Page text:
INDUSTRIAL China is alive and well despite concerns of an economic slowdown. It just doesn’t look like it did before – or at least, what everyone is used to.
Data this past week showed a dismal picture: Industrial output rose 3.8% from a year earlier, which was below expectations, fixed investment grew slower than forecast and credit, usually a sign the economy is pushing through, was weak.
Property sector figures, long taken as an indication that authorities were going to keep developers’ debt-fuelled building extravaganza on course, were depressing all around.
Other numbers, though, paint a different picture: Beijing’s priority areas are doing just fine.
China electric vehicle (EV) battery installations increased by 114% while EV production and sales both grew by over 100% in July. Overall suppliers’ delivery times are currently well above the average level since January 2020, but for emerging industries that include high-end equipment manufacturing, EVs and other sectors have risen sharply over the past few months.
In addition, despite what the sentiment surveys tell you, foreign direct investment into China’s high-tech manufacturing increased 31.1% in the first six months of the year.
South Korean investment climbed 37.2%, while the United States was up 26.1%.
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The truth is, Beijing’s industrial priorities on the development of high-tech sectors haven’t changed much from those laid out in recent five-year action plans.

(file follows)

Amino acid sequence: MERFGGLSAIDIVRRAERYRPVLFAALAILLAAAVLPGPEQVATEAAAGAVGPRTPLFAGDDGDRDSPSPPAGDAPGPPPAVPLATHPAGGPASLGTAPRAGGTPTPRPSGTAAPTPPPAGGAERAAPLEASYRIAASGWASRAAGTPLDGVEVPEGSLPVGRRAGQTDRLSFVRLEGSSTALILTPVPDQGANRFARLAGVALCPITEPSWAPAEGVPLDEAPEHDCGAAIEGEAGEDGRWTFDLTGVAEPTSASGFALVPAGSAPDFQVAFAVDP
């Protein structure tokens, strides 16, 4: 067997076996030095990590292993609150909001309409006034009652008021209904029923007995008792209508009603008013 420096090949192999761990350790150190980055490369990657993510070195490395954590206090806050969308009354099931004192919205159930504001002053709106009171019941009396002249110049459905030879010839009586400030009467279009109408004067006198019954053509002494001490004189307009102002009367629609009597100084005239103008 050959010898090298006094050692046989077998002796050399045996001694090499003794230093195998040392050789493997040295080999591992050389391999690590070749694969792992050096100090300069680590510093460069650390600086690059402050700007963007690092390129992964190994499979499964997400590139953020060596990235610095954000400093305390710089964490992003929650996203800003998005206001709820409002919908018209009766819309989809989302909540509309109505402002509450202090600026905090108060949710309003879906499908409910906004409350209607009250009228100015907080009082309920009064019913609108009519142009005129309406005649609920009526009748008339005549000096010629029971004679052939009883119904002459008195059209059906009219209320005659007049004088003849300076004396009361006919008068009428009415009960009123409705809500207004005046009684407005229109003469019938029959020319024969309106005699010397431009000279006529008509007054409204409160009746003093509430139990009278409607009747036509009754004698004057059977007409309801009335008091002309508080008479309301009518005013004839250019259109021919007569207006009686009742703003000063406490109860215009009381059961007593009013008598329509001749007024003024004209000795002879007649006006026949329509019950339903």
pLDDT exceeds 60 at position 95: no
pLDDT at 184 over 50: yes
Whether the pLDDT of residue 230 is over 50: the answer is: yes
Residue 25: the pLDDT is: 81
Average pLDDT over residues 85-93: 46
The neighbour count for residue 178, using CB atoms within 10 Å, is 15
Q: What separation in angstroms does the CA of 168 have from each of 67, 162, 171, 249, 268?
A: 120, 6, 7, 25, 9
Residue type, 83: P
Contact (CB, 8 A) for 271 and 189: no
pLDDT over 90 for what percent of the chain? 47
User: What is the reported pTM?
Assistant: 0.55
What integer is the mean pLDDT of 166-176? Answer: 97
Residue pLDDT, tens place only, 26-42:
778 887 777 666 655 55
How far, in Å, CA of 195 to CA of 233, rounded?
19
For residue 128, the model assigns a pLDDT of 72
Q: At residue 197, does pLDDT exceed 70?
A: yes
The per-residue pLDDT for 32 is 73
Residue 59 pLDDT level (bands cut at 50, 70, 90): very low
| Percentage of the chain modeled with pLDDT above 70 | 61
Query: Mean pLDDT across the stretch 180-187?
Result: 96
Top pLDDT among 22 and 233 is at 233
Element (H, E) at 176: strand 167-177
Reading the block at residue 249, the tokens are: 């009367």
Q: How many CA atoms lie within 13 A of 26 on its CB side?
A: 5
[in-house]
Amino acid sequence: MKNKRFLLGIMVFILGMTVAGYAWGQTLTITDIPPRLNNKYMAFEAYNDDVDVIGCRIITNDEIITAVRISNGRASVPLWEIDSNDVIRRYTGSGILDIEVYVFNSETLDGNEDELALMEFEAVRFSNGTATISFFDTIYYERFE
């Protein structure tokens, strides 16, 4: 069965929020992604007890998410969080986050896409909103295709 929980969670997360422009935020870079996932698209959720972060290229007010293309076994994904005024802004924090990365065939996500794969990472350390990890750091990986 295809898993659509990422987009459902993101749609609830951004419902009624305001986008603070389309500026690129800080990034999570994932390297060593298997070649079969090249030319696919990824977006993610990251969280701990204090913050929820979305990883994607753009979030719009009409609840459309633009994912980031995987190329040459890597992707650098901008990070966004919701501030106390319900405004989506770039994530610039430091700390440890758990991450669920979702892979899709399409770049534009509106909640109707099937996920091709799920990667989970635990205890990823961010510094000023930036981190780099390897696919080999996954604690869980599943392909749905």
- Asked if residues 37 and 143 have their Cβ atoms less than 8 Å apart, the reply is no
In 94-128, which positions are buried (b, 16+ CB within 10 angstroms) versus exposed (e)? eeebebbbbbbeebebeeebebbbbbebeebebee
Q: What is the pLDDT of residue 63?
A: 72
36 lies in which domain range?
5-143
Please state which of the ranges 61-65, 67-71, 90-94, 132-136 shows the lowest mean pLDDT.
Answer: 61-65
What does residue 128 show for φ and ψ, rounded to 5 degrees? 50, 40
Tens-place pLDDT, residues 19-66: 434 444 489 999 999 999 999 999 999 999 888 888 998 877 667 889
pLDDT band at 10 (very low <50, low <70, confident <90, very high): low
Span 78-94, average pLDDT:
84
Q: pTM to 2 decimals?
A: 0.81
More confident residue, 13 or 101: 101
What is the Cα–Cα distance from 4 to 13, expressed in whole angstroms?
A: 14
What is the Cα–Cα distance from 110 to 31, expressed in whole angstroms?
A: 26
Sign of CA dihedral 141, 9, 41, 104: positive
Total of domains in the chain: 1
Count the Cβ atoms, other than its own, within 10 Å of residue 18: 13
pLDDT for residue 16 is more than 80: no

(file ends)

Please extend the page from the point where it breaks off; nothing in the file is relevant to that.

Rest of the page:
This week, the ministries of science and technology and finance laid out a plan for 2022 and 2023 for measures including financial support and tax incentives to boost companies’ technical capacities and ability to innovate – onshore and offshore.
Investors and China watchers didn’t want to believe that the factory floor of the world could selectively upgrade itself and gain the market share as it has.
Don’t get me wrong – this isn’t a bullish assessment on China’s sudden technological heft.
It’s more about taking a deeper look at the changing anatomy of the country’s industrial economy.
Expectations based on what China Inc used to be will, therefore, fall short. It is already moving up the value ladder.
EV battery technology and the entire supply chain around it, including metal processing, have found a home in China. Firms in priority sectors continue to boost their capital expenditure.
Longi Green Energy Technology Co, a solar panel materials maker with a market capitalisation of almost US$70bil (RM312.8bil), announced last week that it was spending an additional 6.95 billion yuan (US$1.02bil or RM4.6bil) on top of the 19.5 billion yuan (RM12.9bil) already announced to increase capacity for a solar cell and module production project in Ordos, Inner Mongolia.